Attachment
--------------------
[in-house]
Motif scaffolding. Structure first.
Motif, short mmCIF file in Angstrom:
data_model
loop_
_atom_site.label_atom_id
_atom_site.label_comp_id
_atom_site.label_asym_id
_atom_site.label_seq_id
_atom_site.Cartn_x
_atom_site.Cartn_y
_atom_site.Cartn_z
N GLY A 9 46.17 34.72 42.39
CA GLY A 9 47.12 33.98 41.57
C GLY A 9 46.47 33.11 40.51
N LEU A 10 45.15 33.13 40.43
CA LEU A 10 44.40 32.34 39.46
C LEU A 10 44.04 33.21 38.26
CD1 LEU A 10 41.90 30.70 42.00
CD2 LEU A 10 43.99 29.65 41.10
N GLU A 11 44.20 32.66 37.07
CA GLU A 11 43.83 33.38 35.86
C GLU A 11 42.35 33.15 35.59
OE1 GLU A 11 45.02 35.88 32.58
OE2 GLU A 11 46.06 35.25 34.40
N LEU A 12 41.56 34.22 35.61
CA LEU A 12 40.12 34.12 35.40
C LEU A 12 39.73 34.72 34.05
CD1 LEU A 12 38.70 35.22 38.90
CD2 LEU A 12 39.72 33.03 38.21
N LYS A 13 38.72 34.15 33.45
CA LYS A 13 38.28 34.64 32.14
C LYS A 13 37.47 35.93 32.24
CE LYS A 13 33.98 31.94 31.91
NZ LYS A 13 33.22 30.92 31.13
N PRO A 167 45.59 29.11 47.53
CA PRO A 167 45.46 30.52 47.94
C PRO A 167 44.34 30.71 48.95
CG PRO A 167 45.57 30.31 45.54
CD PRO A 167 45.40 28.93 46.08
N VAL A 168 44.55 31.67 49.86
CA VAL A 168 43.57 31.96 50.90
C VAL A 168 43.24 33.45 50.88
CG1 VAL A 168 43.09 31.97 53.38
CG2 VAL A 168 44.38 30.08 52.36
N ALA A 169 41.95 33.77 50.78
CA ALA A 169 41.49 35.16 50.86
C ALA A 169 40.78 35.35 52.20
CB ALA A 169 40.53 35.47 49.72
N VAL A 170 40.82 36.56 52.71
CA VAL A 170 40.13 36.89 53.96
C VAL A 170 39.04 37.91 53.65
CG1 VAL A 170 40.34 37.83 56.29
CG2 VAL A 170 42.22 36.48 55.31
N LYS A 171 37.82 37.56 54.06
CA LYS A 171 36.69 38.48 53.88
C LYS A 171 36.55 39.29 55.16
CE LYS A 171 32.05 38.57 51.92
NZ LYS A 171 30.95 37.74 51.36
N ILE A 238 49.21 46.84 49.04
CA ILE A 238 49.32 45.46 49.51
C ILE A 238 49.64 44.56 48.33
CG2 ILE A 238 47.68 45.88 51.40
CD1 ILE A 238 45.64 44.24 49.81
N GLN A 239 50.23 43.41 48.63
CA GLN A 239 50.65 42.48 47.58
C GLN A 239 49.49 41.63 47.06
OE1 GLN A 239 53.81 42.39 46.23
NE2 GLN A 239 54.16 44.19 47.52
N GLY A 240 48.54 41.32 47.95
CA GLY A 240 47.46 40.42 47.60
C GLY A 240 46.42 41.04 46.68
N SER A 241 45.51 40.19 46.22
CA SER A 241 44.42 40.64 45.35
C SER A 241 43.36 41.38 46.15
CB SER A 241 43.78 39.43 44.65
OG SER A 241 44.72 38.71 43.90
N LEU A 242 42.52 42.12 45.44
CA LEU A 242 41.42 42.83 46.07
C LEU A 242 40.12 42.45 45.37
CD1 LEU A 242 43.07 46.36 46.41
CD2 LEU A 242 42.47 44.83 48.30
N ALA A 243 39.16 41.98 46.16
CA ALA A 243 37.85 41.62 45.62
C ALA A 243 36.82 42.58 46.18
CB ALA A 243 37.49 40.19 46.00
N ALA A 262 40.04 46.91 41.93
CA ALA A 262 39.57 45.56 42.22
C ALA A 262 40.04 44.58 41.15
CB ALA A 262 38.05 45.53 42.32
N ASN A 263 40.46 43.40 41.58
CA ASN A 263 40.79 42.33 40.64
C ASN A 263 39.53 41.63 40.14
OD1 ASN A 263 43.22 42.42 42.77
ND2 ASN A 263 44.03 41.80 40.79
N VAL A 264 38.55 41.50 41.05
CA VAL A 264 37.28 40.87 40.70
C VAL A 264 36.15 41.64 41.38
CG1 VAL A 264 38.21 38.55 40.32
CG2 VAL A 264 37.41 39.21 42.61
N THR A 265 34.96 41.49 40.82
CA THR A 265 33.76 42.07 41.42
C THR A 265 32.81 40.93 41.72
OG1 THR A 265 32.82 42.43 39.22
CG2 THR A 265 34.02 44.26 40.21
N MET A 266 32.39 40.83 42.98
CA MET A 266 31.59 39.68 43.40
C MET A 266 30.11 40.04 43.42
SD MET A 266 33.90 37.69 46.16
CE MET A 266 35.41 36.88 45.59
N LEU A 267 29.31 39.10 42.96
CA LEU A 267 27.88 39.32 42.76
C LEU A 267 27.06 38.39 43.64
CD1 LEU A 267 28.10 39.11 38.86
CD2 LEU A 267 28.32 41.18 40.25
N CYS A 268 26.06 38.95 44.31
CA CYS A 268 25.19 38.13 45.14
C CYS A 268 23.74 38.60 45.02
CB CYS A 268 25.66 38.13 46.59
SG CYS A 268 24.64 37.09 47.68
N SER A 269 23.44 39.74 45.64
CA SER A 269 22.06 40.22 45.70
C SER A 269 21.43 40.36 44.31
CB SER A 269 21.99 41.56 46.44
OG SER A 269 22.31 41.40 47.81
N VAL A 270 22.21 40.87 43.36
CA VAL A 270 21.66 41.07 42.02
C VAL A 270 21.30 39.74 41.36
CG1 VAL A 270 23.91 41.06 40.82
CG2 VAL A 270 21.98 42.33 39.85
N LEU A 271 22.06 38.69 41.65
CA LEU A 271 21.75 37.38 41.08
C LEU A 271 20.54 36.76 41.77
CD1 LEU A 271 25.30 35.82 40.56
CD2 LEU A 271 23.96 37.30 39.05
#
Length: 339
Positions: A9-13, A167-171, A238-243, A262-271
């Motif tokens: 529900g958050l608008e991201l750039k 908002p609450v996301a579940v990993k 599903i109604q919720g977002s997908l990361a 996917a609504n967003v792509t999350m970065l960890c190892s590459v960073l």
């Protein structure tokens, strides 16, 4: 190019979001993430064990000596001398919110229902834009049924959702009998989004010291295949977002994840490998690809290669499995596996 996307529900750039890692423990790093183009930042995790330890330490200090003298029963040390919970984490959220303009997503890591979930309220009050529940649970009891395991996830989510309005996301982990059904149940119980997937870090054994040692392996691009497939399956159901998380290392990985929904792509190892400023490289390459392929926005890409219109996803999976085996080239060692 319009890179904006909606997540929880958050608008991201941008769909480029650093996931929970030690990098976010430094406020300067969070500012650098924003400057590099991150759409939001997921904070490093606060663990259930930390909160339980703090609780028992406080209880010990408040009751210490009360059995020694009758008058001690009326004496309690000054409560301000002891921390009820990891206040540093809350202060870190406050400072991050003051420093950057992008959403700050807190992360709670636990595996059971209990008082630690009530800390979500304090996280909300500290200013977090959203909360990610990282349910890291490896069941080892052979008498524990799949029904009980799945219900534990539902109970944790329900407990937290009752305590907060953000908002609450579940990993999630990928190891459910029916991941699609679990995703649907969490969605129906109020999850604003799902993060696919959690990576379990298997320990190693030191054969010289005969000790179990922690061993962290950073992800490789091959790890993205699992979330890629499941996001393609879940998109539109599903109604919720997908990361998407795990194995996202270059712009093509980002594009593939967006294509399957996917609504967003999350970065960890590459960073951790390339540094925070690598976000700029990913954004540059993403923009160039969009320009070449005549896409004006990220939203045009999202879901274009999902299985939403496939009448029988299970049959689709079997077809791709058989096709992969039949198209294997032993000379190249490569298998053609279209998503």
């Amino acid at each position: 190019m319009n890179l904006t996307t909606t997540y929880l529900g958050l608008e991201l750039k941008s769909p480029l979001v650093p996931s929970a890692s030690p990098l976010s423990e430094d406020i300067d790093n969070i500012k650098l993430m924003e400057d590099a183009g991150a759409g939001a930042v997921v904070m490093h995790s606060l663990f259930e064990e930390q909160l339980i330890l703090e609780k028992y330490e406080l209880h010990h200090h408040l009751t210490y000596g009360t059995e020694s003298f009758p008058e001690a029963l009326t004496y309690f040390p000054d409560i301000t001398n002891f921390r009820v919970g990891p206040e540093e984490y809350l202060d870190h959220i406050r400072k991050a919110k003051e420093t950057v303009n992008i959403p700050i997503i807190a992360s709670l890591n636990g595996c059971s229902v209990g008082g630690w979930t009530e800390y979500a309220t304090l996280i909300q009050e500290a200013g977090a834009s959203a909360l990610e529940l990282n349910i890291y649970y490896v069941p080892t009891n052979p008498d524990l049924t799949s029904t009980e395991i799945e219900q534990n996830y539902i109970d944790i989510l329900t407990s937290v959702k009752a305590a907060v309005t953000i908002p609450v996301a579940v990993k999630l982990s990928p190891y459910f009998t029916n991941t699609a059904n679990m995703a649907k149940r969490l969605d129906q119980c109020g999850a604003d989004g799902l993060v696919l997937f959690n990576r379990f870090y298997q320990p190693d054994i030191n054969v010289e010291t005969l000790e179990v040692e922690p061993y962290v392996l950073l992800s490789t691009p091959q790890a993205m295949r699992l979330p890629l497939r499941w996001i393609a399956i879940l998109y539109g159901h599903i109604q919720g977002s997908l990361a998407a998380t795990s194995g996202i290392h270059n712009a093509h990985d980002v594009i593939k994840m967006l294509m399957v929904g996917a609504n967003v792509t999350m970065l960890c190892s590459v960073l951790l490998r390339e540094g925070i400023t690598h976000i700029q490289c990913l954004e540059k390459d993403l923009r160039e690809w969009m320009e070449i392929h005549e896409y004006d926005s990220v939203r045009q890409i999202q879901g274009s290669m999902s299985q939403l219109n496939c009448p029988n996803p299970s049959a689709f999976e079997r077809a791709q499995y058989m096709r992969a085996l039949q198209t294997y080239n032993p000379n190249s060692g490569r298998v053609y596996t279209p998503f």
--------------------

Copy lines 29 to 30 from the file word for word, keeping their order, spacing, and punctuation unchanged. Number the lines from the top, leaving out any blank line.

CD1 LEU A 12 38.70 35.22 38.90
CD2 LEU A 12 39.72 33.03 38.21